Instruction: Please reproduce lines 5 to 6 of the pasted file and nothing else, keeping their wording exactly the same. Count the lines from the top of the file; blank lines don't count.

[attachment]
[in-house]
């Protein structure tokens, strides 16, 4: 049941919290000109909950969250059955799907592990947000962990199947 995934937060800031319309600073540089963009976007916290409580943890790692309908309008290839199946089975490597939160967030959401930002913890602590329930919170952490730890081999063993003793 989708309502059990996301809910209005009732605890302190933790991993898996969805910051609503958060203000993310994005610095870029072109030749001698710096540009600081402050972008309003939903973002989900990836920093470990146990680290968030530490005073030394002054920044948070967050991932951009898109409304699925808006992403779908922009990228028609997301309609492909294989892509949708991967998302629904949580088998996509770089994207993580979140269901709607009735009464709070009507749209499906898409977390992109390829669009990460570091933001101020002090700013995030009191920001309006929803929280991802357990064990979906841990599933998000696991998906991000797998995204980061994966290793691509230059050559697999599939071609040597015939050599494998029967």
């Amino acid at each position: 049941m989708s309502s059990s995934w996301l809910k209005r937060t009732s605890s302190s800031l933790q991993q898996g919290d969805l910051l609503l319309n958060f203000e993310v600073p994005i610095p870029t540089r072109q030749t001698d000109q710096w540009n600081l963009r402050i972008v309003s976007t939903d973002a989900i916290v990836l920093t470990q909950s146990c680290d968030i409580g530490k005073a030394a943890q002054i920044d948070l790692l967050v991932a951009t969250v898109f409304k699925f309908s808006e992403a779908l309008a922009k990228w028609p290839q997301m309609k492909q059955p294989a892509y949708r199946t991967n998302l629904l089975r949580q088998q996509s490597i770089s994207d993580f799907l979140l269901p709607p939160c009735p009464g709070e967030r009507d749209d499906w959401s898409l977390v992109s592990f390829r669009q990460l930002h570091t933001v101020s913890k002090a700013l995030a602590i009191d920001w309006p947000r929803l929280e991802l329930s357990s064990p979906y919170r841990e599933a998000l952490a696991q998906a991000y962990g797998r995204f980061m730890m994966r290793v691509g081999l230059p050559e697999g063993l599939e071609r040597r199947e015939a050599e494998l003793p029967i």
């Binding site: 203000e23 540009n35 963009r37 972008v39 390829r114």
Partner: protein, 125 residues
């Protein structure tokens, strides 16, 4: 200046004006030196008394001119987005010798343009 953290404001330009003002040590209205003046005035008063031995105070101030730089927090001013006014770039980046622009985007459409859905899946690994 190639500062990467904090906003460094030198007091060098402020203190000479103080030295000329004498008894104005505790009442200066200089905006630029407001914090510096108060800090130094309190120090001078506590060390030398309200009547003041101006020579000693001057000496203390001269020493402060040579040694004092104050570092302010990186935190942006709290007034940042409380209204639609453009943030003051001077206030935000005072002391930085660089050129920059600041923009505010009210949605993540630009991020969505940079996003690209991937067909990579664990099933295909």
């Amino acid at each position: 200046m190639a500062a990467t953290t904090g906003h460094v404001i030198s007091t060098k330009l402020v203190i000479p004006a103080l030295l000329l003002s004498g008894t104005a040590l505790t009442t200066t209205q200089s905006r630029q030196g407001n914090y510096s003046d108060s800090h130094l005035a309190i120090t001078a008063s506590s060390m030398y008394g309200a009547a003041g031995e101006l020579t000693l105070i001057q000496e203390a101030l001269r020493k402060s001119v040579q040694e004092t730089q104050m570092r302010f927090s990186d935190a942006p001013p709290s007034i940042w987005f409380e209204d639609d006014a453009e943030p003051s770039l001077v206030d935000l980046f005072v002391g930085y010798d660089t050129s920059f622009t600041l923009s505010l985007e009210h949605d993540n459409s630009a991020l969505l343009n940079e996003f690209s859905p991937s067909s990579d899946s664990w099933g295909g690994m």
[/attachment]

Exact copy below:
Partner: protein, 125 residues
């Protein structure tokens, strides 16, 4: 200046004006030196008394001119987005010798343009 953290404001330009003002040590209205003046005035008063031995105070101030730089927090001013006014770039980046622009985007459409859905899946690994 190639500062990467904090906003460094030198007091060098402020203190000479103080030295000329004498008894104005505790009442200066200089905006630029407001914090510096108060800090130094309190120090001078506590060390030398309200009547003041101006020579000693001057000496203390001269020493402060040579040694004092104050570092302010990186935190942006709290007034940042409380209204639609453009943030003051001077206030935000005072002391930085660089050129920059600041923009505010009210949605993540630009991020969505940079996003690209991937067909990579664990099933295909």